Playing Through Adversity

Playing through Adversity

How to Push Through Challenges

Have you ever wondered why some athletes succeed despite challenges and adversity while other athletes fall apart when encountering similar circumstances?

The difference between these two types of athletes is mindset. An athlete’s mindset has a profound effect on athletic achievement.

If kids’ mindsets don’t align with their goals, they risk failing to achieve their objectives.

Recently, a collegiate junior contacted us and shared his frustration with falling short of his athletic goals:

“I set some big goals this year. I want to make an NCAA cut, but I feel like quitting every time I have a poor showing in a competition. My coach has told me all season long that I can achieve the cut, but sometimes I have doubts. How can I get over the hump and achieve my goals?”

Truth is, sports kids’ ability, skillset and physiology are not the biggest obstacles. The single most crucial factor for athletic achievement is mindset.

Kids’ minds can help them overcome physical challenges and reach their goals– or prevent them from achieving their athletic potential.

What exactly is mindset and how can young athletes develop a mindset that leads to success in sports?

A child’s mindset is their overall attitude about their capabilities, capacity and ability to achieve their desired goals.

Their chosen mindset affects everything they do, including how they approach challenges, deal with adversity and train.

Unfortunately, many athletes have a limited mindset and think in black-and-white terms:

  • “Since I didn’t achieve a personal best today, I will never achieve a personal best.”
  • “Because I missed the cut, I will probably fall short of the cut in the next competition.”

With a limited mindset, sports kids focus on their mistakes, weaknesses and past failures and conclude they lack what it takes to succeed. Kids with limited mindsets need to change their thinking.

This requires young athletes to tweak how they see themselves, their athletic potential and their ability to overcome adversity.

Athletes can challenge limited mindsets by challenging their beliefs and asking themselves:

  • “Is it true that I cannot achieve something today because I missed the mark yesterday?” 
  • “Have other athletes succeeded under similar circumstances?”
  • “Is my potential really limited to what I did yesterday?” 

Once athletes have reality-checked their beliefs, they can start forming a new reality that focuses on growth, progress and process.

Masai Russell, a hurdler at the University of Kentucky, has a long list of athletic accomplishments. Russell set the NCAA 100 meter hurdles record with a 12.36 at the 2023 SEC Outdoor Track & Field Championships.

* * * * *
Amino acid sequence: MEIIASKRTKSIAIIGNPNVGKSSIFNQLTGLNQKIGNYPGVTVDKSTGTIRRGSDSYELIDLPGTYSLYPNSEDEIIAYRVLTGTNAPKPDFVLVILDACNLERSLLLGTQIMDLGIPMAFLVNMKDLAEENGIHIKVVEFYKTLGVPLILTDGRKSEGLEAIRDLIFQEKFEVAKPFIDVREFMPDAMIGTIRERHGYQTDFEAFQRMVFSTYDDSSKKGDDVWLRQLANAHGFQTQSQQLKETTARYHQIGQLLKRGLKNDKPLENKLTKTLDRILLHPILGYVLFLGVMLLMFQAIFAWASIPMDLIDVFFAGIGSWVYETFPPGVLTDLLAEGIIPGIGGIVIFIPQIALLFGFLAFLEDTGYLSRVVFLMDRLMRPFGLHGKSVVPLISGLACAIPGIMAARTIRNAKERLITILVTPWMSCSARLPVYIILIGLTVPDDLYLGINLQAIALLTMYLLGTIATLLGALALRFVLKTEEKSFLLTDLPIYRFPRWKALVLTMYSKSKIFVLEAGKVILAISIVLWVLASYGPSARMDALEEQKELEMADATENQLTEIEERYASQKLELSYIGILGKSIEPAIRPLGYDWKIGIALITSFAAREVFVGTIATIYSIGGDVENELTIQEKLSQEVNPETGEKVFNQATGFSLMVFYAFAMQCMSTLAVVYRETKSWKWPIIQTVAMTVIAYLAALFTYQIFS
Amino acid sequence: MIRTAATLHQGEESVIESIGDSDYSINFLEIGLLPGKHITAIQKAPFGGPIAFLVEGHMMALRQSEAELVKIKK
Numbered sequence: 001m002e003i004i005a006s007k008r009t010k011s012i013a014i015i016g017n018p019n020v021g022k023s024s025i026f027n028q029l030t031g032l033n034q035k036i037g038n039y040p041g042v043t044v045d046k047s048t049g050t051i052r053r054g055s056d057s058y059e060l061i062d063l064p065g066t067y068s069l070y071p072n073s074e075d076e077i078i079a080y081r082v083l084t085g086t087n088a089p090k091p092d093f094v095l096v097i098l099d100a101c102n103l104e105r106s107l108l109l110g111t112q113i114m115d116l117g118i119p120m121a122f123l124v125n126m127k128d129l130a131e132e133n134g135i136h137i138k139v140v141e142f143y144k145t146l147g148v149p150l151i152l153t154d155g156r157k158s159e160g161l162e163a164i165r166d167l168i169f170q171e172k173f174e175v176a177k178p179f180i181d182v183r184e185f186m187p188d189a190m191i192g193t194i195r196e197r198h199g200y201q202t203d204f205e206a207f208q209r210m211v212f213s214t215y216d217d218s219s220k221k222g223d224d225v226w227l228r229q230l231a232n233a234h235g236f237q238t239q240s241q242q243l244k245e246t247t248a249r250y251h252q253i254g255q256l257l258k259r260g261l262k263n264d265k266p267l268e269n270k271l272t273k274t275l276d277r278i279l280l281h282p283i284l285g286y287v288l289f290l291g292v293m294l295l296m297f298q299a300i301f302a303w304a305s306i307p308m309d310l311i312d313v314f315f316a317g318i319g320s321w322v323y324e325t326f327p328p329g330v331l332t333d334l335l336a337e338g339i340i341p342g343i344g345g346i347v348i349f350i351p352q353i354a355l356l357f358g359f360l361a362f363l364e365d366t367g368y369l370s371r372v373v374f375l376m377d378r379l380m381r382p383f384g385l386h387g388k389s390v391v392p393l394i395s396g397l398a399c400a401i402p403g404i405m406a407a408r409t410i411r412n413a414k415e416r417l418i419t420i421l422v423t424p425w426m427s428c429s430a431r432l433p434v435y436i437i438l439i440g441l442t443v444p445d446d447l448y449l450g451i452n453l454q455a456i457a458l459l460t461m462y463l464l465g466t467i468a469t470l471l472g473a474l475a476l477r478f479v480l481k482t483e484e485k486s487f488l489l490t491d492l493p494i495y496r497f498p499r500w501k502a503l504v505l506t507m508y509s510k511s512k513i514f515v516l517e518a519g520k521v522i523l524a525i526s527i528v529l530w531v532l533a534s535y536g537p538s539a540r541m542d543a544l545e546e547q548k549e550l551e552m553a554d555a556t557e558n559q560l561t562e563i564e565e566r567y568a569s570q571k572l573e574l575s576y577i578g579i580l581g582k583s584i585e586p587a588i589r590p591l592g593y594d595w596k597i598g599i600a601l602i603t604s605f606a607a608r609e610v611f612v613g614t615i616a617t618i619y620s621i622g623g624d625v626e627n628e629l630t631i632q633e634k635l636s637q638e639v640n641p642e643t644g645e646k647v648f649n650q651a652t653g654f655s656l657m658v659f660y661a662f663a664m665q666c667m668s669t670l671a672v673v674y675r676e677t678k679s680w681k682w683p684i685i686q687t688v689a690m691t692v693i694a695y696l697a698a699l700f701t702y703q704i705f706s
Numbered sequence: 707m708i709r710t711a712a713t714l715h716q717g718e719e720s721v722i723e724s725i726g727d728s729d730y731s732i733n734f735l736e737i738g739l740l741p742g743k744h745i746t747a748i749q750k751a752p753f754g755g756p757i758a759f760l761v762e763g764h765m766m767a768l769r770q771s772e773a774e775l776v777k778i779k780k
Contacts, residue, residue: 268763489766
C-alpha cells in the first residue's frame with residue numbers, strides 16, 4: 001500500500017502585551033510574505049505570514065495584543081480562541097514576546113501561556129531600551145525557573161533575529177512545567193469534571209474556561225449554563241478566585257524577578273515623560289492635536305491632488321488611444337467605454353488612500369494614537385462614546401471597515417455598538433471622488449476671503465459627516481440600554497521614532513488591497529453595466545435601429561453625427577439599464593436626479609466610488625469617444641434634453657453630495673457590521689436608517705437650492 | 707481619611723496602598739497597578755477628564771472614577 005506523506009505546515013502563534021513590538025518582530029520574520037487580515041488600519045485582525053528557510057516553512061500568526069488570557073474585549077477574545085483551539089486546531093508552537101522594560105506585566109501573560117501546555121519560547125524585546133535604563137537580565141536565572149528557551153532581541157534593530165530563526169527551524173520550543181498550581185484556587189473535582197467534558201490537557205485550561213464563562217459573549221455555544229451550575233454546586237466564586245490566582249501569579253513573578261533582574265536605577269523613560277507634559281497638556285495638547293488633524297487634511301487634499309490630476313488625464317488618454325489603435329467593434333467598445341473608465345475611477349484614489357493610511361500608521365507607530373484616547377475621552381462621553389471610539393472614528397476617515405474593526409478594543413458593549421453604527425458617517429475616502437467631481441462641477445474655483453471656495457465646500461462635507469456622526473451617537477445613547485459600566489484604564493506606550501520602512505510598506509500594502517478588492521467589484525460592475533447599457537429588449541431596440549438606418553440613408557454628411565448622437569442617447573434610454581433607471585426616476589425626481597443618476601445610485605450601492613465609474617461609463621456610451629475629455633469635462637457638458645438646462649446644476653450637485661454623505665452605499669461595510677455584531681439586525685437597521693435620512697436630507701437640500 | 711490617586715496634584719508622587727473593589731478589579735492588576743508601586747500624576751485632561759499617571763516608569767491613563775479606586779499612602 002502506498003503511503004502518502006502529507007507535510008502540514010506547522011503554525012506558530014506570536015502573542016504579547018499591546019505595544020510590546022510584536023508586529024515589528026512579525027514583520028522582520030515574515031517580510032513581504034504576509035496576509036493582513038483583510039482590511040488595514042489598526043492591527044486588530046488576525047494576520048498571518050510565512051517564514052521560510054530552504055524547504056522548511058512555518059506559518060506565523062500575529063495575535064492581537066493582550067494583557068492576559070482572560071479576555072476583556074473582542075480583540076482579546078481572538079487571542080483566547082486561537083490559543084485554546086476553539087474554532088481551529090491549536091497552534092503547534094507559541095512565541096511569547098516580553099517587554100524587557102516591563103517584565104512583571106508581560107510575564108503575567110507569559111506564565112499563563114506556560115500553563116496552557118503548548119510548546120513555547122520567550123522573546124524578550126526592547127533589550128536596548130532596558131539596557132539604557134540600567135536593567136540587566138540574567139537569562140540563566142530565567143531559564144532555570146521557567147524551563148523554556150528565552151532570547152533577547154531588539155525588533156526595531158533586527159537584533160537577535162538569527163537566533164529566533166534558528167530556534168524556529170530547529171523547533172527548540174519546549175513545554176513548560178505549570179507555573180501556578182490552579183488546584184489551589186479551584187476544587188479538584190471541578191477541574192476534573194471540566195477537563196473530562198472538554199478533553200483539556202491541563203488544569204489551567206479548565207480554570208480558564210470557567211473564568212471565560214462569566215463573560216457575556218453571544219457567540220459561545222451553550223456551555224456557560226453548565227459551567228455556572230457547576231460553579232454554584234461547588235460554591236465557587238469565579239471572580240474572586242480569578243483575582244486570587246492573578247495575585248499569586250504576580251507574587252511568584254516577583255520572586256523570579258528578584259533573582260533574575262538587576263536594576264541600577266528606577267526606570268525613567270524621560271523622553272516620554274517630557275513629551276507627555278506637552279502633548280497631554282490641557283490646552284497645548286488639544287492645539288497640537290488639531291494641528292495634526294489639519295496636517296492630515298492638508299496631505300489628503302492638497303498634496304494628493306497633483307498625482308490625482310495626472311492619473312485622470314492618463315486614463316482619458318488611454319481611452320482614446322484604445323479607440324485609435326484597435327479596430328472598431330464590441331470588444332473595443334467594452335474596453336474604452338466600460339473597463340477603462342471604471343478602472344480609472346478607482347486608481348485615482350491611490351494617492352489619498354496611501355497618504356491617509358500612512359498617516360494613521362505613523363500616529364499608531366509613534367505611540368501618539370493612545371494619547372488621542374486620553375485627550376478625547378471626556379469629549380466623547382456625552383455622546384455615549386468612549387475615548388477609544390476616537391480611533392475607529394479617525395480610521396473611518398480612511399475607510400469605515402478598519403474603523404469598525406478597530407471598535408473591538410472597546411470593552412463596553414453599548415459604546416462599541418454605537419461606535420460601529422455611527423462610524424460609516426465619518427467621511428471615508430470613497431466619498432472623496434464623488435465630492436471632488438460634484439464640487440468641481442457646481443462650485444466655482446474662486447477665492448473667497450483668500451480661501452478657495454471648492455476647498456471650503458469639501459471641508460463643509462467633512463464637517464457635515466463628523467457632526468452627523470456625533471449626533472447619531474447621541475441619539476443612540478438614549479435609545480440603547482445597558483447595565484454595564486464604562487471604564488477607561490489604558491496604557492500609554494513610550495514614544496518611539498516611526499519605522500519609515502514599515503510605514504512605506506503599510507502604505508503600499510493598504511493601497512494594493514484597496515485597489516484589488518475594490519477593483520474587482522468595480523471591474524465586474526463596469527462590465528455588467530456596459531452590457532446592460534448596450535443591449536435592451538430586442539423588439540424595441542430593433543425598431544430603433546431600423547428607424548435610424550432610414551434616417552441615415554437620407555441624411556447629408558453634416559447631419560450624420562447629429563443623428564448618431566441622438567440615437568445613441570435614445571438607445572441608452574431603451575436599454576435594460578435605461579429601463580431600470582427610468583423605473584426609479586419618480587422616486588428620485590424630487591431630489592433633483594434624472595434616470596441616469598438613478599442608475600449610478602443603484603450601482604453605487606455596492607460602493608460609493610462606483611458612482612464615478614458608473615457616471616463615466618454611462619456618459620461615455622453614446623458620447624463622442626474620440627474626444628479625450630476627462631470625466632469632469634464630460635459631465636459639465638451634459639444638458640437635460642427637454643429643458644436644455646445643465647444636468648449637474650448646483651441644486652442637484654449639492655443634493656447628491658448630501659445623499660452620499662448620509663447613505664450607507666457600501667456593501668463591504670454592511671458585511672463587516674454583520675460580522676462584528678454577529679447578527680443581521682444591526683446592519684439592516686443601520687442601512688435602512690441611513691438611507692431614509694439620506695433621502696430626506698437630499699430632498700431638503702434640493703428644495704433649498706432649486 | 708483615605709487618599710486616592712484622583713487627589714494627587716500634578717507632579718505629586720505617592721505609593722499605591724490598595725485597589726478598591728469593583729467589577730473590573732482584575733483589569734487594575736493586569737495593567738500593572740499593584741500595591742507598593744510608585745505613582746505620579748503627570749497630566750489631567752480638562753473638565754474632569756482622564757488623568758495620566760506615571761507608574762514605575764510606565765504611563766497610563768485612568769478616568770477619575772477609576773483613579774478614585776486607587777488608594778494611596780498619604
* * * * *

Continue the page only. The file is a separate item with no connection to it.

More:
Still, Russell has a bigger goal–the Paris 2024 Olympic Games…

Russell’s attention to her competitive mindset has been transformational.

“The biggest transition has been this last year, just how much I’ve changed my life and who I am mentally,.” she said. 

“I’m understanding now that the mindset is very important as an athlete, and when you can take hold of that and capture how important your brain is towards your success, then I feel like there’s nothing that you can’t do. It’s been a transformation I’ve seen in myself.”

All athletes experience challenges and difficulties. It’s inevitable. But a positive mindset can help them overcome obstacles.

When kids have a  positive competitive mindset, they have  an unwavering belief that they will find a way, develop the skills and improve their technique.

They will take risks, adjust their game plans, learn from both wins and losses and adapt to adverse circumstances to achieve their athletic goals.

Instead of asking themselves, “Why do I always fall short of my goals?” they need to ask themselves, “How can I achieve my objectives?”

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The Composed Sports Kid

“The Composed Sports Kid” audio and workbook digital download program for young athletes and their parents or coach helps kids cope with frustration and anger in sports. Help your sports kids learn how to manage expectations and let go of mistakes so they can keep their head in the game. 

The Composed Sports Kid system is really two programs in one–one program to train parents and coaches how to help their kids practice composure, and one program that teaches young athletes–ages 6 to 13–how to improve composure, let go of mistakes quickly, have more self-acceptance, and thus enjoy sports more

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